That’s an excellent question. I believe that shifting from a consumer to a production economy is the only way for the U.S. to get genuine growth. It won’t be easy, though.

In that sense, do you still believe that the United States is the only place that can walk the path of exuberant growth? Daunting as it is, if Europe really were able to eventually achieve some kind of fiscal unity, would that allow them to move toward a high growth system that incorporate risk in the way the U.S. market is able to do so? More VC, innovation, creativity?

Good question. I don’t know. Europe over the past ten years has suffered from the same malaise as the U.S., which is the result of a widespread innovation shortfall. It’s less about fiscal unity, and more about the decision to shift to a more risk-taking strategy.

How did we get into the crisis we are in now in Europe?

I believe that the financial crises of recent years are caused, in part, by the stresses and distortions in the global real economy. In addition, global and national economic statistics have not yet caught up with the changes in the flows of goods and services.

How do you see Germany’s role in this crisis?

I’m not sure I understand the German economy. According to data from the Bureau of Labor Statistics, German manufacturing productivity growth has only averaged 1.8% per year over the past decade. If that’s accurate, it suggest the German economy has benefited more from the weakness of other Eurozone economies.

Photo credit: Zeno Crivelli

Michael Mandelbaum World Affairs Council

Michael Mandelbaum: Warning

That Used to be Us

Michael Mandelbaum is the Christian A. Herter Professor of American Foreign Policy at The Johns Hopkins University School of Advanced International Studies in Washington, D.C. and is the director of the American Foreign Policy Program there. He has also held teaching posts at Harvard and Columbia Universities, and at the United States Naval Academy. His most recent book, written with co-author Thomas L. Friedman, is THAT USED TO BE US: HOW AMERICA FELL BEHIND IN THE WORLD IT INVENTED AND HOW WE CAN COME BACK.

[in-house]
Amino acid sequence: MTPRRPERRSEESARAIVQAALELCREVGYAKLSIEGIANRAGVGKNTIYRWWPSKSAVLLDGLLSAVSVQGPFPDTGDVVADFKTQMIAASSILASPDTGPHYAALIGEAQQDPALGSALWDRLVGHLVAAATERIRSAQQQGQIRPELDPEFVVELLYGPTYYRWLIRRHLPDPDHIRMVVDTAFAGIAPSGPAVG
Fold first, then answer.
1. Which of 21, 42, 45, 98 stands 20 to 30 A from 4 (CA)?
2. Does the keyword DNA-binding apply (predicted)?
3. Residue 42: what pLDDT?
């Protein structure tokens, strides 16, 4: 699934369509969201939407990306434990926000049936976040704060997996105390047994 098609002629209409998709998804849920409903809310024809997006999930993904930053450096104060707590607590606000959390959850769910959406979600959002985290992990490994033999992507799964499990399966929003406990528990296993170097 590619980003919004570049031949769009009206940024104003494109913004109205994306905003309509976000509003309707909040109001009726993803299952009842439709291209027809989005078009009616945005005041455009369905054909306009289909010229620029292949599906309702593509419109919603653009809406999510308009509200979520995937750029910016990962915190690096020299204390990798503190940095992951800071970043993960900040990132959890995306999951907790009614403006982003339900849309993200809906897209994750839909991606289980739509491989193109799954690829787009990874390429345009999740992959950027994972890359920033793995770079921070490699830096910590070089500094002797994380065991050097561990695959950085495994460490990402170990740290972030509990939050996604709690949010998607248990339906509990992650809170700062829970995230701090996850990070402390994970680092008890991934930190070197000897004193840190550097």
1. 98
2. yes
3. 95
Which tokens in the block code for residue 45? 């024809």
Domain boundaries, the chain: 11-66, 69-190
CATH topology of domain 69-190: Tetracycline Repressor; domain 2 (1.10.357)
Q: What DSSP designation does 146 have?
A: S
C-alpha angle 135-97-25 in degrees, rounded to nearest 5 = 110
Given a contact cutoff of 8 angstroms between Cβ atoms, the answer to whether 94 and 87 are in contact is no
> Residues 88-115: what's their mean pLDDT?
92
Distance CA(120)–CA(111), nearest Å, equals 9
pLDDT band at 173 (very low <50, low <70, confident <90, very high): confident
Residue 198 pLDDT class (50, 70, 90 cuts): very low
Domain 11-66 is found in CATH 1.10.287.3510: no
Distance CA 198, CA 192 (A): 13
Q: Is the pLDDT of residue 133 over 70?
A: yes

Pulse: Professor Mandelbaum, one issue you and Mr. Friedman discuss in your most recent book is the challenge the United States faces in terms of America’s growing deficits and debts. In short, what solutions do you prescribe?

Michal Mandelbaum: We believe that the United States needs both lower medium- and long-term spending and enhanced revenue to deal adequately with its deficits and debt. The paralysis of the political system, due to the sharp polarization of the two major parties, is responsible for preventing the appropriate measures.

You have said that keeping gas cheap is a failure of political will. Why is this a failure in the States?

Europeans and Japanese tax gasoline far more heavily than the United States does. America and the world would be better off with higher American energy taxes. Taxes are ultimately a political matter.

You’ve shown that America must wean itself from foreign oil. What would be the immediate benefits in terms of foreign policy?

The world won‘t be able to do without oil entirely for many decades. Reducing American, and therefore global, consumption, however, which is feasible, would reduce the revenues available to oil-producing countries, such as Iran, that oppose Western interests and values.

If a future America is able to wean itself from foreign oil and foreign credit to a considerable extent, what kinds of consequences do you see this having for us in Europe?

Lower American oil consumption would be good for Europe for the same reasons it would be good for the United States: it would weaken our common adversaries.

If the United States is to make such cuts, and become a frugal superpower as you describe in another of your books, why must that mean less humanitarian interventions as well?

In The Frugal Superpower: America‘s Global Role in a Cash-Strapped Era I foresee the end of American humanitarian interventions because the country will have fewer resources for foreign policy, because these interventions are unpopular, and because other missions are more important.

Do you imagine that would mean less humanitarian intervention globally, or simply that it would mean that such intervention would have to be an international effort, rather than dependent upon the US?

I am skeptical that other countries or groups of countries will engage in humanitarian intervention unless the United States supplies most of the troops.